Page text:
Myanmar military weaponized sexual violence against Rohingyas: UN report

The report comes at a time when the Myanmar government’s attempts to repatriate 1,000 Rohingya families from Bangladesh failed due to widespread mistrust among the refugees.

August 24, 2019 by Peoples Dispatch
According to the report, the Tatmadaw was involved in more than 80% of the incidents of gang rape of Rohingya women in 2017.

The Independent International Fact-Finding Mission on Myanmar, an investigation team constituted by the United Nations Human Rights Council, published a report on August 22, claiming that the Myanmar Armed Forces or the Tatmadaw was not only involved in the widespread armed attacks against the Rohingyas in 2017 but also used “rape, gang rape, and other violent and forced sexual acts against women, girls, boys, men and transgender people”. According to the report, the Tatmadaw used these acts of violence in a systemic manner with the intent of genocide.

The report is mostly based on the mission’s interactions with members of different organizations, think tanks, and academics in various countries, apart from refugees in camps in different countries, including Bangladesh, Malaysia and Thailand.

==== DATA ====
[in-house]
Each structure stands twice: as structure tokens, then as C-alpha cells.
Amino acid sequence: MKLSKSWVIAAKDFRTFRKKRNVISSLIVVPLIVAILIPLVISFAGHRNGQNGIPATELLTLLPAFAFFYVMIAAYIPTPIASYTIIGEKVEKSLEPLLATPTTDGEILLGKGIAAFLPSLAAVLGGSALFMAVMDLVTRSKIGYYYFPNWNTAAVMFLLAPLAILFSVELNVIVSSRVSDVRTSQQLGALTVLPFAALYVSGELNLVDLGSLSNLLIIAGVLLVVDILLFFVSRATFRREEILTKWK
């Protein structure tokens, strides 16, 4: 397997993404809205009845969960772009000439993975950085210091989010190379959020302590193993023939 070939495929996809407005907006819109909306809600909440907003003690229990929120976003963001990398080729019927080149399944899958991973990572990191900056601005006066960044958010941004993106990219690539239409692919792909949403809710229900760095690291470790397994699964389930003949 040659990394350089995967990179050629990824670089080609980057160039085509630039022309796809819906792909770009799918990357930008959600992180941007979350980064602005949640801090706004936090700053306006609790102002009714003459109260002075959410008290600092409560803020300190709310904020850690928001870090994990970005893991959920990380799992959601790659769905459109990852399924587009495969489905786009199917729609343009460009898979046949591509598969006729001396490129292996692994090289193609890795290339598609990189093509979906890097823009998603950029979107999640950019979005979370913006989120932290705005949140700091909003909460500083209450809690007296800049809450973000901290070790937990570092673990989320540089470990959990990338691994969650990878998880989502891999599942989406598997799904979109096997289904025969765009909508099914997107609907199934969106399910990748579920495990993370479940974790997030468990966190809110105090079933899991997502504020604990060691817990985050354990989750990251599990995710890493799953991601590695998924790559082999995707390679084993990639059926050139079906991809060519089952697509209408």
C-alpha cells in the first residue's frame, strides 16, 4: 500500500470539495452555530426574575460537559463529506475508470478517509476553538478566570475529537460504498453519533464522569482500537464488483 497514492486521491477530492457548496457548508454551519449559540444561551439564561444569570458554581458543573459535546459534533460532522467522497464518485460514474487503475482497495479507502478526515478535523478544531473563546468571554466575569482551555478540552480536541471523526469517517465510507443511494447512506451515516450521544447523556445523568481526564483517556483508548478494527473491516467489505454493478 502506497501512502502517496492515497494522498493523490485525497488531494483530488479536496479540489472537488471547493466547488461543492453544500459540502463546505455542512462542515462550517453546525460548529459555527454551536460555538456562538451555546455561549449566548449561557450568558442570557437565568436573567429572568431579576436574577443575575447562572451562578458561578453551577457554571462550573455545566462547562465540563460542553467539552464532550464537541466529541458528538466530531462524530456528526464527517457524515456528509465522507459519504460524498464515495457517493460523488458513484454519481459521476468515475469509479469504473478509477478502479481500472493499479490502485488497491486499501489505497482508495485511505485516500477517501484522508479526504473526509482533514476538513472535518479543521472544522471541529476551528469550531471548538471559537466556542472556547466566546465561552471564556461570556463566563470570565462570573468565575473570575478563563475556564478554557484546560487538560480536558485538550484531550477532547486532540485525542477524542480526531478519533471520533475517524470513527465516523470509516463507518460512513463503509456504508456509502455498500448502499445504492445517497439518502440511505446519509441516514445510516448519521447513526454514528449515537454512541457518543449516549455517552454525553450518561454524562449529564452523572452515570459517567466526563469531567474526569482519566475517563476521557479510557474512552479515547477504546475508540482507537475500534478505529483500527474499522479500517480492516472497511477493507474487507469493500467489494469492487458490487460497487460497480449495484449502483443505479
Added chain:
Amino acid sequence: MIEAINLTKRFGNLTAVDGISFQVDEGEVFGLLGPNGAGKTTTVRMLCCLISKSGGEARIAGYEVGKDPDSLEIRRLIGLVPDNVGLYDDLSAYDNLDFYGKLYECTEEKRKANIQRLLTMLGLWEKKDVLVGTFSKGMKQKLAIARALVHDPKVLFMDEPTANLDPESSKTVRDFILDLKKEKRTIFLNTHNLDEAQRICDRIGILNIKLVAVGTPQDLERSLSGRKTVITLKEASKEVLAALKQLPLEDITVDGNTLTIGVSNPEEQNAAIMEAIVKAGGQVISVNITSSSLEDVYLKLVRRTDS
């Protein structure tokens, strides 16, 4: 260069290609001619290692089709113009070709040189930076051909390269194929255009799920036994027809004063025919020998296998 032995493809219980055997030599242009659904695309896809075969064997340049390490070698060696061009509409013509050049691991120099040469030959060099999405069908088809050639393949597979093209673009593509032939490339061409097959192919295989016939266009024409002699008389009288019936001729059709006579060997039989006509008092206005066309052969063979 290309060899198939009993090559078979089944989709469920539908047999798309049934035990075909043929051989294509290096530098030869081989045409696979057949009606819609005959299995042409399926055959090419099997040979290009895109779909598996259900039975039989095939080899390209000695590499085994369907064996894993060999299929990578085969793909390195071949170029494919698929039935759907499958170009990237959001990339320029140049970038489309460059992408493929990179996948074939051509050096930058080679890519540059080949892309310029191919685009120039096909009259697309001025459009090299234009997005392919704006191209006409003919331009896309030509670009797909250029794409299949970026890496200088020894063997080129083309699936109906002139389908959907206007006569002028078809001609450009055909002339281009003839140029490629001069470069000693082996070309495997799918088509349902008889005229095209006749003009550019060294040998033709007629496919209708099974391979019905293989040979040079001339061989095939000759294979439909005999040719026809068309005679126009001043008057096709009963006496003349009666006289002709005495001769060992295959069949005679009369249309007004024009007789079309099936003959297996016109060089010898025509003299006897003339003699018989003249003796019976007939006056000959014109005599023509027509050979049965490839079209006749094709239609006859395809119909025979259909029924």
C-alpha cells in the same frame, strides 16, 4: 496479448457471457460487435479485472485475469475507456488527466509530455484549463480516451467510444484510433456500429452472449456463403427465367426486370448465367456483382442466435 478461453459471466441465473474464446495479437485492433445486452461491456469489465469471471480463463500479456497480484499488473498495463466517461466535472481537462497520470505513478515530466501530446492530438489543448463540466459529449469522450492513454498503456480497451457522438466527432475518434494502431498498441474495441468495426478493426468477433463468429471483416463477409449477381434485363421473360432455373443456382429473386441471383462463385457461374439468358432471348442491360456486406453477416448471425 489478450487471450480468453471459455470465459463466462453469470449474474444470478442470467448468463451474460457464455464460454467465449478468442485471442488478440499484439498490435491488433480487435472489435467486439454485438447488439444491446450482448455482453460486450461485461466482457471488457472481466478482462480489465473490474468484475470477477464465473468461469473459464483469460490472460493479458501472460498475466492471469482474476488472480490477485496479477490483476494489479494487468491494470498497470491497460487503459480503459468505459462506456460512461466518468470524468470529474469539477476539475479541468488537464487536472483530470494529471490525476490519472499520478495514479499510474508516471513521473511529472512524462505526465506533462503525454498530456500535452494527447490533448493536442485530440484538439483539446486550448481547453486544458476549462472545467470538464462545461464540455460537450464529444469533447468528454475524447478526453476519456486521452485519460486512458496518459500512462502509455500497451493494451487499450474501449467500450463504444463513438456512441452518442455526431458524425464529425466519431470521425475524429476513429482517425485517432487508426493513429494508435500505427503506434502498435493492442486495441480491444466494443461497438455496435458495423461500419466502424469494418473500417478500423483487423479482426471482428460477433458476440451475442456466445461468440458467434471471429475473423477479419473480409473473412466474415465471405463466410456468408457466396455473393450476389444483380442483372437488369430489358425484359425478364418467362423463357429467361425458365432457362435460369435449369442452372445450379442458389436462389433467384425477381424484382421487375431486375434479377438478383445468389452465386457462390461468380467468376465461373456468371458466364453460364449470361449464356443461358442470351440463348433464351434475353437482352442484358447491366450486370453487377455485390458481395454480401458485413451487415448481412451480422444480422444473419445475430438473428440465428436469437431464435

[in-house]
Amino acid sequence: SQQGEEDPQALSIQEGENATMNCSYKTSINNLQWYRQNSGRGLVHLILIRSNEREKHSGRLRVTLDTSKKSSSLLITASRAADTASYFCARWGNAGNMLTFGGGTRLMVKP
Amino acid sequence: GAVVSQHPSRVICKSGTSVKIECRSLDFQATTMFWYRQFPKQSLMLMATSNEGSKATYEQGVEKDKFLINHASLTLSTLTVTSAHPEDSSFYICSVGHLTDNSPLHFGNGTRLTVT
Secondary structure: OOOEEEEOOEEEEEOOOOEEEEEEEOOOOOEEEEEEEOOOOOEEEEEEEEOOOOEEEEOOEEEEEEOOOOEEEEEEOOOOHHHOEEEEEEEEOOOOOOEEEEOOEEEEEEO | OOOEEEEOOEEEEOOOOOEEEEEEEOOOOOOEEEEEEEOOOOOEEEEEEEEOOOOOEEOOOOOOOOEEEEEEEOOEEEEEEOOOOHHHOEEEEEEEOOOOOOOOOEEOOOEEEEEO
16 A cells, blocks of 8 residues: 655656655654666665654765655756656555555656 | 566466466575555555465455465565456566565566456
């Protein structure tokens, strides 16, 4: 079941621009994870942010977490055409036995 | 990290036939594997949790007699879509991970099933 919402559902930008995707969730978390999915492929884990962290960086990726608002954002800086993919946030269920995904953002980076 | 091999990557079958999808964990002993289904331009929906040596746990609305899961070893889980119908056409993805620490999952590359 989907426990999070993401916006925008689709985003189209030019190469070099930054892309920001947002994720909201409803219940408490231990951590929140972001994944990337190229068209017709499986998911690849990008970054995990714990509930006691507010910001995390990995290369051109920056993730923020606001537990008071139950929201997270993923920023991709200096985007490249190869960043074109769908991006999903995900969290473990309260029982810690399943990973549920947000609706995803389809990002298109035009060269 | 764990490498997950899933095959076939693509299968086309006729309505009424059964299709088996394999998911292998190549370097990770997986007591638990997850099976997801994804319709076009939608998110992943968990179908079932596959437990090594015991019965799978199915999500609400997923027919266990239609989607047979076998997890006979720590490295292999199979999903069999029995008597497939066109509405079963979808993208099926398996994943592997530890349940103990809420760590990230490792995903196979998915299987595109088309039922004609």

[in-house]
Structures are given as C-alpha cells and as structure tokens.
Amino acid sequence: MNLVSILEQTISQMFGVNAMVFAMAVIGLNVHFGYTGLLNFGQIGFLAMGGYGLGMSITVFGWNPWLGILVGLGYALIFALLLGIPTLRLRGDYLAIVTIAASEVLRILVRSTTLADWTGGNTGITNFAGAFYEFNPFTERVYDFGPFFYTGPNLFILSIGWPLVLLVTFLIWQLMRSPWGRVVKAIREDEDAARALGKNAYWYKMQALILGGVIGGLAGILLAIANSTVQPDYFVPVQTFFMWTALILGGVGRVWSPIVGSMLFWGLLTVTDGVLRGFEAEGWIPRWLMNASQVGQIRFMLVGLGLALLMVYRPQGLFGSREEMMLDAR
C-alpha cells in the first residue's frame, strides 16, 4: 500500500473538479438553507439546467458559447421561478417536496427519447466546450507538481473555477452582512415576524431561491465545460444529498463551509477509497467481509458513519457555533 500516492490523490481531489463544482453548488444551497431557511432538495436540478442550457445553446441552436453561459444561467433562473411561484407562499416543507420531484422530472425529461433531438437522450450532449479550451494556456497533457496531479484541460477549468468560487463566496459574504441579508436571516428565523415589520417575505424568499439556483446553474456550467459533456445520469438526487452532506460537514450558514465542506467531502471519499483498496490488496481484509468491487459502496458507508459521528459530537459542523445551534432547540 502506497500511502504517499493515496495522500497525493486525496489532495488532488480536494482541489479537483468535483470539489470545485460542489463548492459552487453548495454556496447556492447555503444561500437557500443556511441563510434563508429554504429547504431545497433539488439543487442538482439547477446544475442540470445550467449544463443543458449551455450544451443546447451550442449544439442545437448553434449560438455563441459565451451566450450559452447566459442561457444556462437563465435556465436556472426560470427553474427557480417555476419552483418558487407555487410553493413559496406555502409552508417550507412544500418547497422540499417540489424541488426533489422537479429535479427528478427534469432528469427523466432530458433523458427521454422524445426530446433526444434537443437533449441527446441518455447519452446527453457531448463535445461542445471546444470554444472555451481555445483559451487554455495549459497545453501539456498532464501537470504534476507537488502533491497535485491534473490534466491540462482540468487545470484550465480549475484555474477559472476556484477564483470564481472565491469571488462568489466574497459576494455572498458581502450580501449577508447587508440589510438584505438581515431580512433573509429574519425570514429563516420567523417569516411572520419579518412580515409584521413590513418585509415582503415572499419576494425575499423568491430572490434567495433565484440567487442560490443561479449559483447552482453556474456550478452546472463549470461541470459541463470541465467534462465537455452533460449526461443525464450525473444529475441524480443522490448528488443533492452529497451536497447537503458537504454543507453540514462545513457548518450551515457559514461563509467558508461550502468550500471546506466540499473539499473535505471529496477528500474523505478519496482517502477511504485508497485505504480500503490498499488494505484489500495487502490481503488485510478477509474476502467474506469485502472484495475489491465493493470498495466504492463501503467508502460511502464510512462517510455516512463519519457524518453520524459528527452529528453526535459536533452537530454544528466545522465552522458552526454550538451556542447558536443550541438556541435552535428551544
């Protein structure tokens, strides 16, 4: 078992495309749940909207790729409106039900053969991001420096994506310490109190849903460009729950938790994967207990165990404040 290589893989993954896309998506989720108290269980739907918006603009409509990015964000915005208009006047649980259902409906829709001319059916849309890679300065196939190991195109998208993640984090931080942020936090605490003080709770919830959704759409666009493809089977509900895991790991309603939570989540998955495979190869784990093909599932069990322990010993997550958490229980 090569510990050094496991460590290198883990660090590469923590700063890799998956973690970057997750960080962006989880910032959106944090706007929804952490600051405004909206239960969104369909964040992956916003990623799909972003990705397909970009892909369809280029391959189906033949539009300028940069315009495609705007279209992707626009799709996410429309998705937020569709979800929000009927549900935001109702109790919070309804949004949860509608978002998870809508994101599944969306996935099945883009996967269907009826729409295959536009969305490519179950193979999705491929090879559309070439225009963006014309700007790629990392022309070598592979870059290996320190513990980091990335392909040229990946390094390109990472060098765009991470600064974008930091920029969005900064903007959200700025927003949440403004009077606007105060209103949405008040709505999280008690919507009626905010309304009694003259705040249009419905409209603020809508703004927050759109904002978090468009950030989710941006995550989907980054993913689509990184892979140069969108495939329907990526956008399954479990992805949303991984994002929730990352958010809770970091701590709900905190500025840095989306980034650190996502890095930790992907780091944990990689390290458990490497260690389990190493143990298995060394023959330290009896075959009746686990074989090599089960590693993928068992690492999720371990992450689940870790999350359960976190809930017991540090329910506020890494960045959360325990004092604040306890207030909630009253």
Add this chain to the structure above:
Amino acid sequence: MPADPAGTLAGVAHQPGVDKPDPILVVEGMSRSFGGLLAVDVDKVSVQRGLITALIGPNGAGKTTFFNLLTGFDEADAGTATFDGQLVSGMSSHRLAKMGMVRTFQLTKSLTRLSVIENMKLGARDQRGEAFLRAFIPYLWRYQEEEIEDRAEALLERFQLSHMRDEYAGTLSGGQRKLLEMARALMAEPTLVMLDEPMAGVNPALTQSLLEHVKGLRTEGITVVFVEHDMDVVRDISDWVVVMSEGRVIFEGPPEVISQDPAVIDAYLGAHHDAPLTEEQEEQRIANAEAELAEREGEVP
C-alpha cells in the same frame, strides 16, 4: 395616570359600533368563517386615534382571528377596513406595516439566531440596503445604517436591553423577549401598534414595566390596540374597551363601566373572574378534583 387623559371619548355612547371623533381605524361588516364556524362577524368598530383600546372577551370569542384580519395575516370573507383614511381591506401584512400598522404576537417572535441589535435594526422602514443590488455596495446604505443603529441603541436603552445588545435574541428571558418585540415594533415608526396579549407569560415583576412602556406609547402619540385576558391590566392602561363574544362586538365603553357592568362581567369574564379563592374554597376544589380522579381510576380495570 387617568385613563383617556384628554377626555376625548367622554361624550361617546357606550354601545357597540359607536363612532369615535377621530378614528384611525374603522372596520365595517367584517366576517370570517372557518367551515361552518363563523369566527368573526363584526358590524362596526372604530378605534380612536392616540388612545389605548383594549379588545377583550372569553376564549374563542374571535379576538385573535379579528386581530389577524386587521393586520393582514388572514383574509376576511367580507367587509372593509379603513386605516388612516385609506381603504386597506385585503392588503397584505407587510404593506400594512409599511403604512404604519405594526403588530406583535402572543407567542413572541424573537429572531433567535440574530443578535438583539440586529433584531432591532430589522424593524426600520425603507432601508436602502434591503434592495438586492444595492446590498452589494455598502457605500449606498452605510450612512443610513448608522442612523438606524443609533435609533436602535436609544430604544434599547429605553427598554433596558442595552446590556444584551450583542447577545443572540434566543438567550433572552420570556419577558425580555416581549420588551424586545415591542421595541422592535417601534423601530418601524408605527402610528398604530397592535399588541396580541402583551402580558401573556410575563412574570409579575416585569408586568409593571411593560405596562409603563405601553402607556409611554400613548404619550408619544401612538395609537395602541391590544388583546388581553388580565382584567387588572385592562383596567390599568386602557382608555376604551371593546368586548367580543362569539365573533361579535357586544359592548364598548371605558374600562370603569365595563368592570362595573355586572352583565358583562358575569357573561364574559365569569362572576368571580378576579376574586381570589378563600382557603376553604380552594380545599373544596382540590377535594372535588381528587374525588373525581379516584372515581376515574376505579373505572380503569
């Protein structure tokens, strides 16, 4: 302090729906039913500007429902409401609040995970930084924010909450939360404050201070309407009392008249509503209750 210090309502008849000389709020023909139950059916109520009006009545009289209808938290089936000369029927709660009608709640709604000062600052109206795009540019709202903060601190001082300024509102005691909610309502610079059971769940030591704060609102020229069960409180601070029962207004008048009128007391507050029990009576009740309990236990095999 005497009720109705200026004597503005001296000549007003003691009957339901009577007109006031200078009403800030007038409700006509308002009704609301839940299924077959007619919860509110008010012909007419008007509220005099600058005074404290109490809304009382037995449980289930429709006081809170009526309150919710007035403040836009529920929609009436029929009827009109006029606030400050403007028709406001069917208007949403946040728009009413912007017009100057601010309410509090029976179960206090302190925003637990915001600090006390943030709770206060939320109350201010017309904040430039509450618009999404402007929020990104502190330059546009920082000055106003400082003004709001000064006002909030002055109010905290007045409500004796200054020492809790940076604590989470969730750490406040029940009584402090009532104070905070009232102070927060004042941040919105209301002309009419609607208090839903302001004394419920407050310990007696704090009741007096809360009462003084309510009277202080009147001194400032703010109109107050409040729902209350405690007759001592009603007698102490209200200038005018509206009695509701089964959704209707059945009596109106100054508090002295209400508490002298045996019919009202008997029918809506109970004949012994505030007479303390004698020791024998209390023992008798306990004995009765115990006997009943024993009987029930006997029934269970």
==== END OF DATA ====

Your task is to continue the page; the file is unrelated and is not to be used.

The report claimed that the military was “deliberately inflicting on the Rohingya women and girls conditions of life calculated to bring about the destruction of the Rohingya in whole or in part, and imposing measures to prevent births within the group.” According to the report, the Tatmadaw was involved in more than 80% of the incidents of gang rape of Rohingya women in 2017.

The Myanmar government had refused permission to the mission and has denied the findings of the report.

The report was published at a time when the Myanmar government, under increasing global pressure, attempted to repatriate a small number of refugees from Bangladesh. It has given 1,000 families permission to come back to the country.

However, on Thursday, authorities in Bangladesh admitted that the move failed miserably as none of the families agreed to go back. The Bangladesh government and the UN high commissioner for refugees tried to persuade these families to go back to their homes in the Rakhine province in Myanmar for a few days.

The refugees have refused to go back until the government in Myanmar promises to provide them security, citizenship and the land they left behind when they were forced to leave in 2017.

However, the Myanmar government has so far refused to provide Rohingyas citizenship or even recognize them as one of the ethnic groups in the country.

There are more than 900,000 Rohingyas living in different refugee camps in Bangladesh after a state-sponsored violence forced them to leave the Rakhine province of Myanmar in 2017. More than 10,000 people were killed and their houses were burnt down in the violence. Apart from Bangladesh, a large number of Rohingyas also took shelter in different countries in the region, including Malaysia, Pakistan, the United Arab Emirates, Saudi Arabia, the United States and India.